In addition to other schemes it has created to boost dollar liquidity in Nigeria, the Central Bank of Nigeria (CBN) has announced the launch of “RT200 FX Programme”, targeting $200 billion in FX repatriation.
The CBN governor, Godwin Emefiele revealed the new program during the Bankers’ Committee press briefing on Thursday.
“After careful consideration of the available options and wide consultation with the Banking Community, the CBN is, effective immediately, announcing the Bankers’ Committee “RT200 FX Programme”, which stands for the “Race to US$200 billion in FX Repatriation,” he said.
Registration for Tekedia Mini-MBA edition 9 (Sep 12 – Dec 3 2022) is ongoing. Register here. Cost is N60,000 or $140 for the 12-week program. Beat early bird for free books and other bonuses.
Emefiele explained that the RT200 programme will be non-oil export-based with focus on the following five key anchors: Value-Adding Exports Facility, Non-Oil Commodities Expansion Facility, Non-Oil FX Rebate Scheme, Dedicated Non-Oil Export Terminal and Biannual Non-Oil Export Summit.
“The RT200 FX Programme is a set of policies, plans and programmes for non-oil exports that will enable us attain our lofty yet attainable goal of US$200 billion in FX repatriation, exclusively from non-oil exports, over the next 3-5 years,” Emefiele said.
The CBN has been counting on diaspora remittances to boost dollar liquidity, trying its hands on many policies to encourage Nigerians living abroad to send money back home through regulated financial institutions.
The apex bank noted that through these schemes, particularly the Naira4Dollar scheme introduced early last year, there has been significant improvement in foreign currency inflow to Nigeria. Emefiele disclosed that diaspora remittances increased from an average of $6 million weekly in December 2020 to an average of more than $100 million weekly by January 2022.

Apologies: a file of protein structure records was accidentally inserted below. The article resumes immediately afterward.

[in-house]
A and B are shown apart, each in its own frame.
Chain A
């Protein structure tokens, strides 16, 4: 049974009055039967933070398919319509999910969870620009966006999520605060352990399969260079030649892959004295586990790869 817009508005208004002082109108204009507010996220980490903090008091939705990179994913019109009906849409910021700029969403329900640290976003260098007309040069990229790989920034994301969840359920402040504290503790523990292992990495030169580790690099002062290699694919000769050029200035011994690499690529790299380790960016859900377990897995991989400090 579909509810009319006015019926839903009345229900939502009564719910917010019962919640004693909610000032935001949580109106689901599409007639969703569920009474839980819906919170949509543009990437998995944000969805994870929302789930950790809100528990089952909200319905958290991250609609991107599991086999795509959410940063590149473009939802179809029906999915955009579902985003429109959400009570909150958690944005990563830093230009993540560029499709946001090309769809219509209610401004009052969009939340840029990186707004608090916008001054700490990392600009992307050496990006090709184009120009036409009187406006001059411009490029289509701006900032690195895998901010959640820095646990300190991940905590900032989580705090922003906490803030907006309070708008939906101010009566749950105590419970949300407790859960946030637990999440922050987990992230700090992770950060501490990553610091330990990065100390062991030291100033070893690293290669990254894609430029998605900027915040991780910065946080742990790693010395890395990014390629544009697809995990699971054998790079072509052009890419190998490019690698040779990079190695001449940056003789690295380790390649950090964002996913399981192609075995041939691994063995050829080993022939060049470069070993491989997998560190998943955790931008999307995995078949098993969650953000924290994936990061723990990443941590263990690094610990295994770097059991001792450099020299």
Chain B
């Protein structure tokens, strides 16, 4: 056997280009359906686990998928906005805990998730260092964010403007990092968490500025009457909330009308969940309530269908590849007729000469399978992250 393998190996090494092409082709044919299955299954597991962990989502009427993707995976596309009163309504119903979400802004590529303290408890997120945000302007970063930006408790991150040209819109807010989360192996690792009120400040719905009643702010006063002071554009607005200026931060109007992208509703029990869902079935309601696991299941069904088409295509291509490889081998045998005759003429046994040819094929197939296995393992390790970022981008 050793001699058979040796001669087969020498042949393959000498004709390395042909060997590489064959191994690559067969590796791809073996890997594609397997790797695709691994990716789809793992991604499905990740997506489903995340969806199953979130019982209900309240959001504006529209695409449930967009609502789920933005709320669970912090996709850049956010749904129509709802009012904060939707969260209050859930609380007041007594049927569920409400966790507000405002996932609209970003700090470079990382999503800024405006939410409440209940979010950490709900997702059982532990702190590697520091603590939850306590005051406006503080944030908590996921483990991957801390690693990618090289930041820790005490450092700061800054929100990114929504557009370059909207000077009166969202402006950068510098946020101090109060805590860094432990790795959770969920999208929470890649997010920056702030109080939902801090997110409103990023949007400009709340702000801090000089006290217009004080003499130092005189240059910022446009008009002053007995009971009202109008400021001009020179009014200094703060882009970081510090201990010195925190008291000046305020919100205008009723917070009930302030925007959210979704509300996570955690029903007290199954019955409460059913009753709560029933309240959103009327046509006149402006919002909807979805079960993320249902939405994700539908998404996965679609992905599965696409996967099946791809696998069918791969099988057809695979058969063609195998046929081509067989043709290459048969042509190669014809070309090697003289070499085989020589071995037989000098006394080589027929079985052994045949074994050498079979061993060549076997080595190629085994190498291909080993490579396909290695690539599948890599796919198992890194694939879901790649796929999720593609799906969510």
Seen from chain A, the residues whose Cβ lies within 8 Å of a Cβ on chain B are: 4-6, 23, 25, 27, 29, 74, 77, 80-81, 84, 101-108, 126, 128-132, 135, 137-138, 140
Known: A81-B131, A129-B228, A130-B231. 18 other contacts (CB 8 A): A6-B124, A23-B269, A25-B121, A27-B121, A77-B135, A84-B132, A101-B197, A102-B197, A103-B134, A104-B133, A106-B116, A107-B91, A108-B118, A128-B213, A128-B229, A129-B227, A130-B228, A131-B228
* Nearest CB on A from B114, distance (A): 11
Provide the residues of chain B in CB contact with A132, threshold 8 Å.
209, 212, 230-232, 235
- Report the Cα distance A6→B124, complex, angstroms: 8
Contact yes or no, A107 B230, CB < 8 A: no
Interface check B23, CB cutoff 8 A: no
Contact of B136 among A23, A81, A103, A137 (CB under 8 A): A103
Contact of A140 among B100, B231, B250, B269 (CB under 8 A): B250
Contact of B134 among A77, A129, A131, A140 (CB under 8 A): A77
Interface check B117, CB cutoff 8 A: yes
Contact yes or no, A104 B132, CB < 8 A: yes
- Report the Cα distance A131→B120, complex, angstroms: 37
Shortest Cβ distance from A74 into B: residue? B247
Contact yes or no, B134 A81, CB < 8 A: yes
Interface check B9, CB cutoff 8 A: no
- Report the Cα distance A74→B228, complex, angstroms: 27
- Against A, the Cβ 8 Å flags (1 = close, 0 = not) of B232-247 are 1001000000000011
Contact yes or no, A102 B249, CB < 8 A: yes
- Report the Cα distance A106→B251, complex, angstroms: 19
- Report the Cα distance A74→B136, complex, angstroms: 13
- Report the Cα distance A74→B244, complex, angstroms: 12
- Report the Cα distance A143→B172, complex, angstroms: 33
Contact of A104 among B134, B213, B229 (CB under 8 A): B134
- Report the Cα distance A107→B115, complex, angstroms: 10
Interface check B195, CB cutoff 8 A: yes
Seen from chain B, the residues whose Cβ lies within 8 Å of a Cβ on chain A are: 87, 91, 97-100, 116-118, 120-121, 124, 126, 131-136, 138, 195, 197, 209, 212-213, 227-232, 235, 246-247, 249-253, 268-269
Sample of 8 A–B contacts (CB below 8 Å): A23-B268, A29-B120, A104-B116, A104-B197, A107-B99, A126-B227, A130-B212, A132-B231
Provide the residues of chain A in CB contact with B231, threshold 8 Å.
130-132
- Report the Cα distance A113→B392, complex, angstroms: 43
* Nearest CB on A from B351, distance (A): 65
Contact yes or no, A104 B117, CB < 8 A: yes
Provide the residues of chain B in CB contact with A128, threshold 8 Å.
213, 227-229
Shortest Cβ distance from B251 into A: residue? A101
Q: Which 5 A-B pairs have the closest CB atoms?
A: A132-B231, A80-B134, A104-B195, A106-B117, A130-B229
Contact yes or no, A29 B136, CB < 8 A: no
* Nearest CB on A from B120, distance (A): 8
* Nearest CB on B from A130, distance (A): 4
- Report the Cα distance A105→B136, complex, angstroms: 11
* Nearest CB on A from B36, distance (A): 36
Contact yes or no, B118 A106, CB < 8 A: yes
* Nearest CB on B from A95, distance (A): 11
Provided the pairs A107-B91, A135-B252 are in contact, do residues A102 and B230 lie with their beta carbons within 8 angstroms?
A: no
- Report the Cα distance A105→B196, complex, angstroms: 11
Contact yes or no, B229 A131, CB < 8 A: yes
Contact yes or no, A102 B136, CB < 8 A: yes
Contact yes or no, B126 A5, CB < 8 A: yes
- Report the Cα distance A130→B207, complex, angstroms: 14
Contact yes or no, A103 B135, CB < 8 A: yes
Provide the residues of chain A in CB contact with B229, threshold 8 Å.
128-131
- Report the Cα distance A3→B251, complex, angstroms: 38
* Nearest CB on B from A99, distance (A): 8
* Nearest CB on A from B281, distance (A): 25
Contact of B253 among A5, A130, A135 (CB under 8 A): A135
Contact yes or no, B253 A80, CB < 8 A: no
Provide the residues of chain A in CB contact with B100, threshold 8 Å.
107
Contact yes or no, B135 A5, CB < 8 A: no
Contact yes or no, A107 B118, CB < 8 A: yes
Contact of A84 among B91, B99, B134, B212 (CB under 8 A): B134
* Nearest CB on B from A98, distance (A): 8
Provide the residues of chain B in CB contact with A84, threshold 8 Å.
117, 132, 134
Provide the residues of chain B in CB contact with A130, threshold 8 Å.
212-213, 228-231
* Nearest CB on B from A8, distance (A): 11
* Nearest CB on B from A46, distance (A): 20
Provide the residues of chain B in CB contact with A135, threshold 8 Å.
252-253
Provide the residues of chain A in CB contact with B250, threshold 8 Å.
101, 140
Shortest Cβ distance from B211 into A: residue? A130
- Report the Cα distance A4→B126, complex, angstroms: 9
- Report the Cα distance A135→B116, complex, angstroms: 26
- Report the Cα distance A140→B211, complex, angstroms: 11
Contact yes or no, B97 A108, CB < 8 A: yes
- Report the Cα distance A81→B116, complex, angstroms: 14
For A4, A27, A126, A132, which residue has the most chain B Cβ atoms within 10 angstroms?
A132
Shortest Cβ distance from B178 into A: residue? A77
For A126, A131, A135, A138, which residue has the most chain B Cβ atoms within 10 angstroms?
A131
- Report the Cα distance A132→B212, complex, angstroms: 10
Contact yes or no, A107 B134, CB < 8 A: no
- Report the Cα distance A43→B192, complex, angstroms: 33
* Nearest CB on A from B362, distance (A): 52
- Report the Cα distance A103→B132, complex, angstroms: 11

The CBN governor blamed Naira’s significant depreciation on covid-19 and the plunge in oil prices.
“This is understandable because to the extent that COVID-19 led to significant job losses in many advanced economies, diaspora remittances also suffered commensurate reductions in inflows into Nigeria.
“All these factors jointly explain the heightened pressures on the currencies of major emerging market countries, including Nigeria,” Emefiele said.
Nigeria is oil based economy. The largest economy in Africa derives 90% of its revenue from oil export and thus was severely hit by covid’s headwinds that plummeted oil prices. At the receiving end of oil market’s turmoil is the naira, Nigeria’s currency, which has fallen below N575/$1 in the parallel market and below N440/$1 at the official window, forcing its repeated devaluation.
To stem the tide of insufficient dollar liquidity, the CBN has designed schemes geared at encouraging diaspora remittances. Although oil prices have started rebounding as economic activities reopen globally, the financial industry regulator is building on the programmes to foster a sustainable mechanism for adequate FX liquidity.
Emefiele said that enough lessons have been learnt from its policies on remittances and they can be applied in improving some aspects of the foreign exchange inflow into the country. This means that the CBN is looking to diversify its programmes to include other means of generating forex supply.
The CBN governor said forex inflow into Nigeria will now include four major sources; Proceeds from oil exports, Proceeds from non-oil exports, Diaspora remittances and?Foreign Direct/Portfolio Investments.